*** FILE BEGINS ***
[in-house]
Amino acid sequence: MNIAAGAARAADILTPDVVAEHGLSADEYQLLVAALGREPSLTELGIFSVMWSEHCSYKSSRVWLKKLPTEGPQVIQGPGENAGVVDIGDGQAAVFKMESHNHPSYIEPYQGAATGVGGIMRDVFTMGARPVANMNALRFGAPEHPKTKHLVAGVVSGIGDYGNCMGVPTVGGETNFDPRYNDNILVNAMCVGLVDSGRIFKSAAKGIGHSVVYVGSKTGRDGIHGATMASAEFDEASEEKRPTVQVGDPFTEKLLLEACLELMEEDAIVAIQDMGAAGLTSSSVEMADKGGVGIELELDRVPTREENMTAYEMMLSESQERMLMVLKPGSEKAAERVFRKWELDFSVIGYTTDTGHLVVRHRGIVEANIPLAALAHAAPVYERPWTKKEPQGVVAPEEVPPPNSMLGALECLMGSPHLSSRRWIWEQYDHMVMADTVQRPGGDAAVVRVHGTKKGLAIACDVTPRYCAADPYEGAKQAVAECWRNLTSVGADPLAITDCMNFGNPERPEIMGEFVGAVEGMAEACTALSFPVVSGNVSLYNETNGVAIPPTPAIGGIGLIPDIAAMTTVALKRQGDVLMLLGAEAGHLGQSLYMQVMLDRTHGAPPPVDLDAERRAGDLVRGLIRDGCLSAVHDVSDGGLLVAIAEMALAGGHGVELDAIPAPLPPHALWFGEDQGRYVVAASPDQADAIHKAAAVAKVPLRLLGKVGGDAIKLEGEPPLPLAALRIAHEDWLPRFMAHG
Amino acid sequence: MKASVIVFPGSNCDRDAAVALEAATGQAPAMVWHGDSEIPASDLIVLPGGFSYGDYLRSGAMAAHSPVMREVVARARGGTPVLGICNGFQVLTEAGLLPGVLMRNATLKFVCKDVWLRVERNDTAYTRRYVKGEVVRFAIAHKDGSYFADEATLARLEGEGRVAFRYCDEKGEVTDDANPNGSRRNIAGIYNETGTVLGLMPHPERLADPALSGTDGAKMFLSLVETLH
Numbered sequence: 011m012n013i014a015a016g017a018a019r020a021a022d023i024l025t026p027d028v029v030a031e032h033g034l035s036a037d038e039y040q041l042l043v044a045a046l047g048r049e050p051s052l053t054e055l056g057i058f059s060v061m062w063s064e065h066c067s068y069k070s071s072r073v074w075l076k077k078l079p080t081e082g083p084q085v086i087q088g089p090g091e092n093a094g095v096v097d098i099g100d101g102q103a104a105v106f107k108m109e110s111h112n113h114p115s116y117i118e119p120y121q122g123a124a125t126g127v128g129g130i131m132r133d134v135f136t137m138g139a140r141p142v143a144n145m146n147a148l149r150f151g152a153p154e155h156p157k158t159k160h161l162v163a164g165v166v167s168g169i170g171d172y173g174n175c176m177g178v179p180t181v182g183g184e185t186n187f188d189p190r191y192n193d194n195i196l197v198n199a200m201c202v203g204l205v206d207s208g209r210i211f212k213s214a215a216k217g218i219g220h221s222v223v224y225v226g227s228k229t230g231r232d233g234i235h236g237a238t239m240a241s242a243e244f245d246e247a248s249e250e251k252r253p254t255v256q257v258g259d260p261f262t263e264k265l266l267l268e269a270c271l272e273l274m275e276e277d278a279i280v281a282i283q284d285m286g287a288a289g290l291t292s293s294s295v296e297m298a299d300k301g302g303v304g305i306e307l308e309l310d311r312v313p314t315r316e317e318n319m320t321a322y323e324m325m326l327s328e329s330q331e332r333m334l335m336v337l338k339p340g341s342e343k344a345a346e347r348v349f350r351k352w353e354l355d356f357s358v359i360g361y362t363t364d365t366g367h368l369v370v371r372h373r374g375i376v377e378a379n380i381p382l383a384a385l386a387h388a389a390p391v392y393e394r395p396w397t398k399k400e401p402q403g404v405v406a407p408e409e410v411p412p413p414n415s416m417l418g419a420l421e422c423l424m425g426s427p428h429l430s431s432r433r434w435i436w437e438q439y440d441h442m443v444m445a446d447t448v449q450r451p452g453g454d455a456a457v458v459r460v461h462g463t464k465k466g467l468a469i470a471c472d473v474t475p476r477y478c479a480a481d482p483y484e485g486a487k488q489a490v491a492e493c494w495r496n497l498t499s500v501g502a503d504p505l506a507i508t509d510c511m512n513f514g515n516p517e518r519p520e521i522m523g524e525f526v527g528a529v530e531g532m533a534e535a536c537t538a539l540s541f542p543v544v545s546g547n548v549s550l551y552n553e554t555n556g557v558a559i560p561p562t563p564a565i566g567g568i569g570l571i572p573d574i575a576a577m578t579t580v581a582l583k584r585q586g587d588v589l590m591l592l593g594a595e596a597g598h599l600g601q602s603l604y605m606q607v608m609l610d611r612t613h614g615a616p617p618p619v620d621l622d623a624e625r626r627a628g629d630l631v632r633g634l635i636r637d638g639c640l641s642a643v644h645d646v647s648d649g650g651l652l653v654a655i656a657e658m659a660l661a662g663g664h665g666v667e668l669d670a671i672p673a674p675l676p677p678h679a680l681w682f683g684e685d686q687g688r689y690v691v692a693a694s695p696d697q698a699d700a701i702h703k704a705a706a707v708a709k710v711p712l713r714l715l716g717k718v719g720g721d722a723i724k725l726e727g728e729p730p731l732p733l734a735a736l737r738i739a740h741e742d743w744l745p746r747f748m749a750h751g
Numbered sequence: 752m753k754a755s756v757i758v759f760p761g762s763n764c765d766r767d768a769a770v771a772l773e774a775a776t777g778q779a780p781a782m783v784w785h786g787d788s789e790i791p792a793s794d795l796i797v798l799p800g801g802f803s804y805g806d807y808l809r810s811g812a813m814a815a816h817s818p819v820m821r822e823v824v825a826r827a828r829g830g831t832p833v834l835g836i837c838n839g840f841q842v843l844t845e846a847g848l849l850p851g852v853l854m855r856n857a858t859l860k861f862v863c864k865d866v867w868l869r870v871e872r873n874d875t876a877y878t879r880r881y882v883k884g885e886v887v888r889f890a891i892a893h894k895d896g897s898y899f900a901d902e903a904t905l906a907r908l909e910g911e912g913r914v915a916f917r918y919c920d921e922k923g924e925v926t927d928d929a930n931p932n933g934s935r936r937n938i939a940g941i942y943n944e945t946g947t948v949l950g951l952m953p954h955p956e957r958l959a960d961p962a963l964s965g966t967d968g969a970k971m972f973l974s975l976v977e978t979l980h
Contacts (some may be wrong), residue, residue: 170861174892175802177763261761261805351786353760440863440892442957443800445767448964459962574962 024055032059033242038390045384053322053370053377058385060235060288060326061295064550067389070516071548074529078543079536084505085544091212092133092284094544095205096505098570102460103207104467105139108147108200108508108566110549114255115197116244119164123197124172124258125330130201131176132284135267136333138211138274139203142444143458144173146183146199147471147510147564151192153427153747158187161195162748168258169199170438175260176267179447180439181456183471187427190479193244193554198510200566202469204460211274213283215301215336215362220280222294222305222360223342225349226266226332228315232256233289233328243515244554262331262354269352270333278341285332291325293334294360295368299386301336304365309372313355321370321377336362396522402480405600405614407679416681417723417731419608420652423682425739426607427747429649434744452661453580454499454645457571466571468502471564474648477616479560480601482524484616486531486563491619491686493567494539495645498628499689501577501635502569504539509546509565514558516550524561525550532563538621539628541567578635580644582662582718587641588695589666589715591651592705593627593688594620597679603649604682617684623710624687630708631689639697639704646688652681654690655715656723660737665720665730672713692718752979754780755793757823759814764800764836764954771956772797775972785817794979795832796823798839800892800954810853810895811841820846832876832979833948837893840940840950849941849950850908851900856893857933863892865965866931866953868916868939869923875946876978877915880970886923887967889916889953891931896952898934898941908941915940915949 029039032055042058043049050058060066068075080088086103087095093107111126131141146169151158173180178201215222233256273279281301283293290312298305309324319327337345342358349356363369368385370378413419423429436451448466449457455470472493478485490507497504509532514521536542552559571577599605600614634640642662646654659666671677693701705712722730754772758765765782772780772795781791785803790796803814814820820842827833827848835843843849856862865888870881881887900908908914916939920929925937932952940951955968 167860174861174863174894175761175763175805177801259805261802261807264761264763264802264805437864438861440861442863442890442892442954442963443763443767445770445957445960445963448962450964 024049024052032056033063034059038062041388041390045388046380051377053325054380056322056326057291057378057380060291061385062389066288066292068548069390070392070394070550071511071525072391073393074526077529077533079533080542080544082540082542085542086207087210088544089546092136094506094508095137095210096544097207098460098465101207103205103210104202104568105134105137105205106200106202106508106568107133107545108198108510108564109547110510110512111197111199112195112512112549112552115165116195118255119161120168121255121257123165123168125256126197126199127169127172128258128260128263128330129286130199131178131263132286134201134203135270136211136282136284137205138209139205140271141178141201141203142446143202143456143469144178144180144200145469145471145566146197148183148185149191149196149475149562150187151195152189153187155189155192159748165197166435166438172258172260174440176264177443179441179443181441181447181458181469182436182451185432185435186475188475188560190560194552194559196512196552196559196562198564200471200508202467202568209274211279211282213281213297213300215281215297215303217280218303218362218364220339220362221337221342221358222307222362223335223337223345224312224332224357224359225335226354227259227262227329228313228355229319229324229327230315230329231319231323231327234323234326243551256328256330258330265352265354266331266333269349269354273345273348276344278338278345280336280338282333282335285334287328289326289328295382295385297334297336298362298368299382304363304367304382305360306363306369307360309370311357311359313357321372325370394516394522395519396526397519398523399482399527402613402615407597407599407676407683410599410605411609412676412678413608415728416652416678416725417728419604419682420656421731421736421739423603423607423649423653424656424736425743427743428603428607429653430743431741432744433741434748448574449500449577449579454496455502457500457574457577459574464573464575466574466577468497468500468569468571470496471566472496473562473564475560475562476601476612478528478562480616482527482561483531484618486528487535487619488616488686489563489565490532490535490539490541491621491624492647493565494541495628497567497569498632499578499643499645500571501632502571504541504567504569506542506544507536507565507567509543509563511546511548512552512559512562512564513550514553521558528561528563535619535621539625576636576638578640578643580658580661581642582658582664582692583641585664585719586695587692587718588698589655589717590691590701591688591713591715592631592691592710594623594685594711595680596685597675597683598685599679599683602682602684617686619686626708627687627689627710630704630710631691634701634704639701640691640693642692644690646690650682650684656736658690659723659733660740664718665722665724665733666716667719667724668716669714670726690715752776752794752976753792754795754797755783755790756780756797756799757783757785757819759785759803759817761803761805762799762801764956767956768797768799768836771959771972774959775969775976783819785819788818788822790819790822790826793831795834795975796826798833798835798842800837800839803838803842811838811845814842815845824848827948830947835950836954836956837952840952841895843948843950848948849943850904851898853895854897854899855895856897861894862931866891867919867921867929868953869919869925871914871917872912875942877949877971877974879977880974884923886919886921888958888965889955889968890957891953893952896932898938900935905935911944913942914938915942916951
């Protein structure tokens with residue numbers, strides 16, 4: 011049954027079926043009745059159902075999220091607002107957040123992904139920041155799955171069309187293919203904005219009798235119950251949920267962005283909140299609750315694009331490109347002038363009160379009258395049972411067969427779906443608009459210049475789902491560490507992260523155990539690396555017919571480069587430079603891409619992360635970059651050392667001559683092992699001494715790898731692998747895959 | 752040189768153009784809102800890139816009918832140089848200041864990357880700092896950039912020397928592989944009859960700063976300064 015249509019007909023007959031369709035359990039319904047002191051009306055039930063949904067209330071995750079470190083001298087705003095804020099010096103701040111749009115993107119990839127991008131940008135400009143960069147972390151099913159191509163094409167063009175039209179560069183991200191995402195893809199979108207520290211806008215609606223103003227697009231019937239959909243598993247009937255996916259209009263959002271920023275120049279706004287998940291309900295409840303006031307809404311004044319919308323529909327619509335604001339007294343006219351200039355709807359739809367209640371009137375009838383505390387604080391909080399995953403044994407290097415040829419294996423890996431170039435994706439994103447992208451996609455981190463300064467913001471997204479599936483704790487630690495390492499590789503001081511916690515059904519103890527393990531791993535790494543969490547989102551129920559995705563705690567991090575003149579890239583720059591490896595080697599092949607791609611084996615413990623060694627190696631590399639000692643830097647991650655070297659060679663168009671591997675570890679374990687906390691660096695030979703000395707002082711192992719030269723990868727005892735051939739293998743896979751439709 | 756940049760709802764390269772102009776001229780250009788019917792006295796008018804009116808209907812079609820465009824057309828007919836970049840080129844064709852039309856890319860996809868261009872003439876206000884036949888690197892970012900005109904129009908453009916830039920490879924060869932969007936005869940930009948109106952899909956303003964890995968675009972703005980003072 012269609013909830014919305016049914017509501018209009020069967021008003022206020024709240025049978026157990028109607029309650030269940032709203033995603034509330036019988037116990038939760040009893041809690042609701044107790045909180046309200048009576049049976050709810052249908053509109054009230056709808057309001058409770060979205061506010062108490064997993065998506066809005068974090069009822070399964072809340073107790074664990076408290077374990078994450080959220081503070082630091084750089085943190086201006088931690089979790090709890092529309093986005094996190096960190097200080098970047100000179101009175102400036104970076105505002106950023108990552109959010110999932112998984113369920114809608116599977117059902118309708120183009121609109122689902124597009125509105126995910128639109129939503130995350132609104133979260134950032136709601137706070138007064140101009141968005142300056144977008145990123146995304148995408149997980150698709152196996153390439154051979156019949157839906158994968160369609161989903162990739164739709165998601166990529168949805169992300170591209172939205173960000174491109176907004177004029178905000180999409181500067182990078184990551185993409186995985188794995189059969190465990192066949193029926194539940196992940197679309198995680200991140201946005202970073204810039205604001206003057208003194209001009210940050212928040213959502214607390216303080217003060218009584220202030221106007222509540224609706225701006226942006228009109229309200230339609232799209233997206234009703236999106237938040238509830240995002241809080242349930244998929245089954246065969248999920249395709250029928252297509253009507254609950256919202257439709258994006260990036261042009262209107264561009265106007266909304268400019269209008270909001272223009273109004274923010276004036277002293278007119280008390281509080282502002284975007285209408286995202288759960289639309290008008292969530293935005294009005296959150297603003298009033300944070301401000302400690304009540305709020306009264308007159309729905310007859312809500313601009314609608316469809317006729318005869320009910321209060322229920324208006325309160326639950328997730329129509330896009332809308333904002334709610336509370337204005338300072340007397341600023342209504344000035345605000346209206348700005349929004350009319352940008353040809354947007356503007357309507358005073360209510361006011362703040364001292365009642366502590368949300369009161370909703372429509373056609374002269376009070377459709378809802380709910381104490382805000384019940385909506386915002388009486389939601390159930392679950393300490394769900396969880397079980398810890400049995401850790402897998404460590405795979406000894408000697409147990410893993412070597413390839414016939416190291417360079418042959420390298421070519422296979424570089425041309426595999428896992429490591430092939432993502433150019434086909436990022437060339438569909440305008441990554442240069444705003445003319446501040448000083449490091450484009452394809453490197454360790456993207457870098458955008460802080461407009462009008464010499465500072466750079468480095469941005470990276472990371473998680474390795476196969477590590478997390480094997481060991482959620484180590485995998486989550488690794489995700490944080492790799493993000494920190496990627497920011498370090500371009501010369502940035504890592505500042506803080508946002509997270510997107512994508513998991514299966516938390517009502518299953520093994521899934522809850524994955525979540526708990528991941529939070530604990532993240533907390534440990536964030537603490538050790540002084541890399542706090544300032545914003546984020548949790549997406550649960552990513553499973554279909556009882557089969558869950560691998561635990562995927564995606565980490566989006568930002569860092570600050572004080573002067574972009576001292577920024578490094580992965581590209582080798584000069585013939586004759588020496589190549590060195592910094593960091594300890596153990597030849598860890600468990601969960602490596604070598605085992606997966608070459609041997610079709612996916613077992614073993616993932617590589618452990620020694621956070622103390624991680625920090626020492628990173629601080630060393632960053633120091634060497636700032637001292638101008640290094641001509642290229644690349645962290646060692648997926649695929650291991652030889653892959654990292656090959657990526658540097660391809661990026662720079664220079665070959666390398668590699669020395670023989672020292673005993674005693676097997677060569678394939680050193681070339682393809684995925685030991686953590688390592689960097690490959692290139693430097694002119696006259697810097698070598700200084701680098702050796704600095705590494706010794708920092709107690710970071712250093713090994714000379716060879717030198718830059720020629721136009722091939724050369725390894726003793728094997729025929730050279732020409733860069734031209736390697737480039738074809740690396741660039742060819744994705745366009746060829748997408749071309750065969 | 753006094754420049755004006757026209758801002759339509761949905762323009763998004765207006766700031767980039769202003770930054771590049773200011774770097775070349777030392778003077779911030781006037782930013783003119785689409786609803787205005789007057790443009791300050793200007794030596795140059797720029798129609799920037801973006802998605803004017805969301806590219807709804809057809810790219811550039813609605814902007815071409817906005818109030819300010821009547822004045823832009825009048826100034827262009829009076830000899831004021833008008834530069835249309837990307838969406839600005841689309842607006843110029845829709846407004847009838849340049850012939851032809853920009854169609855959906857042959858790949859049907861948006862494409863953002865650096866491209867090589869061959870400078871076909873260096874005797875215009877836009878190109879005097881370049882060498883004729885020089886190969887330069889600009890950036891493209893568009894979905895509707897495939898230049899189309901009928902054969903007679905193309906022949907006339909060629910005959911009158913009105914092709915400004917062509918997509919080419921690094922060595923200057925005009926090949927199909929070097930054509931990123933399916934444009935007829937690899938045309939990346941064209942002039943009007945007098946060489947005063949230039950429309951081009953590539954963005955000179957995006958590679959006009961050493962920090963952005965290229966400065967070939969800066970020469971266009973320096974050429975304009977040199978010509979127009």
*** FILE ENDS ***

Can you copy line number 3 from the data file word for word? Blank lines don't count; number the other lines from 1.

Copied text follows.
Amino acid sequence: MKASVIVFPGSNCDRDAAVALEAATGQAPAMVWHGDSEIPASDLIVLPGGFSYGDYLRSGAMAAHSPVMREVVARARGGTPVLGICNGFQVLTEAGLLPGVLMRNATLKFVCKDVWLRVERNDTAYTRRYVKGEVVRFAIAHKDGSYFADEATLARLEGEGRVAFRYCDEKGEVTDDANPNGSRRNIAGIYNETGTVLGLMPHPERLADPALSGTDGAKMFLSLVETLH